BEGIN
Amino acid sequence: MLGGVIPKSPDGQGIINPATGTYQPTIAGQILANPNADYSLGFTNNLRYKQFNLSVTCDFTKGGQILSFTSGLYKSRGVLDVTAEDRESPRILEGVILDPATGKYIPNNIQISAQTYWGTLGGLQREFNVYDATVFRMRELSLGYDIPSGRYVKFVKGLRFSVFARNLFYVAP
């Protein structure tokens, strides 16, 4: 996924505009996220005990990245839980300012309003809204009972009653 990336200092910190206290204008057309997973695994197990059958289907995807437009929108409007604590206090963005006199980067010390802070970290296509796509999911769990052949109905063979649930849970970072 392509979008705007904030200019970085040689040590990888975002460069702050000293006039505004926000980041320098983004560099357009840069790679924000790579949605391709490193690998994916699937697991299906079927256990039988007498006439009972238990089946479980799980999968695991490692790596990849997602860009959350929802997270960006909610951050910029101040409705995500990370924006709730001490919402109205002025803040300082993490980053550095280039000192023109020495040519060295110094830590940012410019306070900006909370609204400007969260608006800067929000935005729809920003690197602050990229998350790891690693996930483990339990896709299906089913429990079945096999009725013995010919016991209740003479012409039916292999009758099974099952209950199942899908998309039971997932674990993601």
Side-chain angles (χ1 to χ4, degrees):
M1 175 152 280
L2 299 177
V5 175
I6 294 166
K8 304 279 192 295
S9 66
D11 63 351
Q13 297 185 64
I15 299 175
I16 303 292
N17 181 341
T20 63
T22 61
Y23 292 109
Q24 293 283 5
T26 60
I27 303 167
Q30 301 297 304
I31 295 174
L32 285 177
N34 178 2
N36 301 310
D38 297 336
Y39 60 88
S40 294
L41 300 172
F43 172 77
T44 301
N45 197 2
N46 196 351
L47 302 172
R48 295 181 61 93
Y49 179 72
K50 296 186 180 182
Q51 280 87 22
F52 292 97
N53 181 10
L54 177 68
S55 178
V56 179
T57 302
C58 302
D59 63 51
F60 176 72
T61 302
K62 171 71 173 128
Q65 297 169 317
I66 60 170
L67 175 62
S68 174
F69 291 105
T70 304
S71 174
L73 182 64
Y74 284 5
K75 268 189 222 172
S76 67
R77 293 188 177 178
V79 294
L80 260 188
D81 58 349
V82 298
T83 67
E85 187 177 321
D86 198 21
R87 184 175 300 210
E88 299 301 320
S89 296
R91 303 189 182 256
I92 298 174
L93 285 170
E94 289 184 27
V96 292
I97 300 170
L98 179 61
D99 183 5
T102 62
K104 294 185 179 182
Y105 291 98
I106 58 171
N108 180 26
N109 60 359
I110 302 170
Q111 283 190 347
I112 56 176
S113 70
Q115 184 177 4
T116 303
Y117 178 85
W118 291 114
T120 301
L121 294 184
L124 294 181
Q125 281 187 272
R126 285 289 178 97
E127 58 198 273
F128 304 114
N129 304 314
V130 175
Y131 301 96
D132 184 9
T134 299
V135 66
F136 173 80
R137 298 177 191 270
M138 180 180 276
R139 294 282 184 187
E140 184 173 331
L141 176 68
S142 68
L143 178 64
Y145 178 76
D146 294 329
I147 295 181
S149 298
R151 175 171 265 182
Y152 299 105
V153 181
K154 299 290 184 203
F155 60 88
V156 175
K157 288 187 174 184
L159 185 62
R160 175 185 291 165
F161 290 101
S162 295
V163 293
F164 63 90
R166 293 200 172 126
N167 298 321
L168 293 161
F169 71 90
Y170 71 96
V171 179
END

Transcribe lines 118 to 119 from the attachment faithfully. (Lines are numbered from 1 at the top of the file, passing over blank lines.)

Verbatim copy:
S149 298
R151 175 171 265 182